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My name is John Torday.
This is the 24th lecture in a series on
evolutionary physiology titled
the Cellular-Molecular Approach to Evolution as Niche Construction.
Niche construction is the process by which an organism
alters its own or other species environments,
often but not always in a manner that increases its chances of survival.
This is an extrapolation of the cellular molecular mechanism of evolution;
the cell is the original niche construction.
As such, it offers an opportunity to broaden
both approaches to evolution by effectively merging
the concept of the cell as the ultimate niche with ecological concepts of the niche.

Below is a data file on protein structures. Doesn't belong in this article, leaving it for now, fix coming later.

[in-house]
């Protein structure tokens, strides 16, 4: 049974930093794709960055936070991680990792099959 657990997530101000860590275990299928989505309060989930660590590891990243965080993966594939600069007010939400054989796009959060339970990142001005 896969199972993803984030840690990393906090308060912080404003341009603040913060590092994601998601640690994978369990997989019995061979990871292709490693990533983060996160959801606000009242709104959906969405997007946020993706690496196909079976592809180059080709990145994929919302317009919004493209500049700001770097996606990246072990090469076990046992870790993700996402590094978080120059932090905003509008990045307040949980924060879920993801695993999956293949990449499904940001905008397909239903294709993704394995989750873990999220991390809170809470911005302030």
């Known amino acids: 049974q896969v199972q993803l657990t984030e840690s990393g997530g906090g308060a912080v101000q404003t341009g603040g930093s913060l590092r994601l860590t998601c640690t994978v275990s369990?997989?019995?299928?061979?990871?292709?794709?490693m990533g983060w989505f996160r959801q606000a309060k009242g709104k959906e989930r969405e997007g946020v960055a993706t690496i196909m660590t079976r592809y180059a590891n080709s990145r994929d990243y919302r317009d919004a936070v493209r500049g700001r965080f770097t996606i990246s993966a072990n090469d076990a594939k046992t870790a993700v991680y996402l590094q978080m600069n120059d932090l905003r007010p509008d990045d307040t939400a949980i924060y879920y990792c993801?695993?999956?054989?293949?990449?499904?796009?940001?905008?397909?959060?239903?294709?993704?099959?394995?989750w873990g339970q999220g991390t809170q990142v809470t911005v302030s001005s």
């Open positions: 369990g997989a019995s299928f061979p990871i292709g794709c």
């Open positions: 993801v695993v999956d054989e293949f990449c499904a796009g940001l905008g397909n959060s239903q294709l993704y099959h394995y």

Recognition of the continuum,
from unicellular life to ecologic adaptation,
is a fundamental importance in understanding
the functional unity of biology as a mechanism for
the maintenance and perpetuation of life through
evolution based on unicellular first principles.
Darwin had somewhat of a fascination with earthworms,
which were a prime example of niche construction theory because they
generate their own physical soil environment while digging in the dirt.
The paper cited in this slide shows that DNA methylation determines C. elegans longevity
for example, as indicated experimentally by manipulating one of the methylation genes.
Protocells formed from lipid sources in the primitive oceans;
poly-cyclic hydrocarbons were present on asteroids that formed the oceans.
Algae have a wet weight lipid content as high as 80 percent by weight, for example.
The moon formed about 90 million years after the Earth formed.
The ocean wave action generated by the moon may have promoted the formation of micelles
or semi-permeable lipid spheres as the basis for cellular evolution.